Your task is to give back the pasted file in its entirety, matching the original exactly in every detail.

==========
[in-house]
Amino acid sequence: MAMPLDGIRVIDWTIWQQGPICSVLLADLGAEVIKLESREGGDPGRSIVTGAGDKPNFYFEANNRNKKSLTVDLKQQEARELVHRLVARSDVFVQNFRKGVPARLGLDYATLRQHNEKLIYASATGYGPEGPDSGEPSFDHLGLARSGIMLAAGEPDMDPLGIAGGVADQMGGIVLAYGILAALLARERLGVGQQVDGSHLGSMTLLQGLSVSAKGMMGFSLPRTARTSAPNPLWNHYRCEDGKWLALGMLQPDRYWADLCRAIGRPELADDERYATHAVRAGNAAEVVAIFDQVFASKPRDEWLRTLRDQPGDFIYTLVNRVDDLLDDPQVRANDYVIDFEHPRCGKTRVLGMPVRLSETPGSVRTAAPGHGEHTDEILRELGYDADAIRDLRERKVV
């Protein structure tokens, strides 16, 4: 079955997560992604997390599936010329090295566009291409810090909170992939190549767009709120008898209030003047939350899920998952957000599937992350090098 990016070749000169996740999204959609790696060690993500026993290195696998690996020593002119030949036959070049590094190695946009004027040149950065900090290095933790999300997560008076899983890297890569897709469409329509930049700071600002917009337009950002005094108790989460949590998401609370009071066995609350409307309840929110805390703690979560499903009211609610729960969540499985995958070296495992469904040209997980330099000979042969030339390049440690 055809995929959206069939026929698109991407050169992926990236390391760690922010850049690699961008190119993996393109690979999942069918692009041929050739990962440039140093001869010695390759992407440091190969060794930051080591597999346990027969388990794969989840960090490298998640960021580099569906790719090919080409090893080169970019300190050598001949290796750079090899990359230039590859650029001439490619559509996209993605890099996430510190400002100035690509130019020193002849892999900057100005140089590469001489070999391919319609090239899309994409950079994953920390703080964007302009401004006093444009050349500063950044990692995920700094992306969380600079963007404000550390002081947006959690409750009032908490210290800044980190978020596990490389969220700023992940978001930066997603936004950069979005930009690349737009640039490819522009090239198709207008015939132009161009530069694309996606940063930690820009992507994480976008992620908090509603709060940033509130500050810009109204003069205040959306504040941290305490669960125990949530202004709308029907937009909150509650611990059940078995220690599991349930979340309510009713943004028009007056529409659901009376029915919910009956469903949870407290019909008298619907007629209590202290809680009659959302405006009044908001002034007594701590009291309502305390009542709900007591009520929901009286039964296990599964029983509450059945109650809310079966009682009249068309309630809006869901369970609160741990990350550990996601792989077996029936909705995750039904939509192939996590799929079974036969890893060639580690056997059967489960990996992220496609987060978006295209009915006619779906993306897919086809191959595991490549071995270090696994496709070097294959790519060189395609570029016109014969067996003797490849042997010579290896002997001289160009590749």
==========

[in-house]
Amino acid sequence: MAMPLDGIRVIDWTIWQQGPICSVLLADLGAEVIKLESREGGDPGRSIVTGAGDKPNFYFEANNRNKKSLTVDLKQQEARELVHRLVARSDVFVQNFRKGVPARLGLDYATLRQHNEKLIYASATGYGPEGPDSGEPSFDHLGLARSGIMLAAGEPDMDPLGIAGGVADQMGGIVLAYGILAALLARERLGVGQQVDGSHLGSMTLLQGLSVSAKGMMGFSLPRTARTSAPNPLWNHYRCEDGKWLALGMLQPDRYWADLCRAIGRPELADDERYATHAVRAGNAAEVVAIFDQVFASKPRDEWLRTLRDQPGDFIYTLVNRVDDLLDDPQVRANDYVIDFEHPRCGKTRVLGMPVRLSETPGSVRTAAPGHGEHTDEILRELGYDADAIRDLRERKVV
């Protein structure tokens, strides 16, 4: 079955997560992604997390599936010329090295566009291409810090909170992939190549767009709120008898209030003047939350899920998952957000599937992350090098 990016070749000169996740999204959609790696060690993500026993290195696998690996020593002119030949036959070049590094190695946009004027040149950065900090290095933790999300997560008076899983890297890569897709469409329509930049700071600002917009337009950002005094108790989460949590998401609370009071066995609350409307309840929110805390703690979560499903009211609610729960969540499985995958070296495992469904040209997980330099000979042969030339390049440690 055809995929959206069939026929698109991407050169992926990236390391760690922010850049690699961008190119993996393109690979999942069918692009041929050739990962440039140093001869010695390759992407440091190969060794930051080591597999346990027969388990794969989840960090490298998640960021580099569906790719090919080409090893080169970019300190050598001949290796750079090899990359230039590859650029001439490619559509996209993605890099996430510190400002100035690509130019020193002849892999900057100005140089590469001489070999391919319609090239899309994409950079994953920390703080964007302009401004006093444009050349500063950044990692995920700094992306969380600079963007404000550390002081947006959690409750009032908490210290800044980190978020596990490389969220700023992940978001930066997603936004950069979005930009690349737009640039490819522009090239198709207008015939132009161009530069694309996606940063930690820009992507994480976008992620908090509603709060940033509130500050810009109204003069205040959306504040941290305490669960125990949530202004709308029907937009909150509650611990059940078995220690599991349930979340309510009713943004028009007056529409659901009376029915919910009956469903949870407290019909008298619907007629209590202290809680009659959302405006009044908001002034007594701590009291309502305390009542709900007591009520929901009286039964296990599964029983509450059945109650809310079966009682009249068309309630809006869901369970609160741990990350550990996601792989077996029936909705995750039904939509192939996590799929079974036969890893060639580690056997059967489960990996992220496609987060978006295209009915006619779906993306897919086809191959595991490549071995270090696994496709070097294959790519060189395609570029016109014969067996003797490849042997010579290896002997001289160009590749």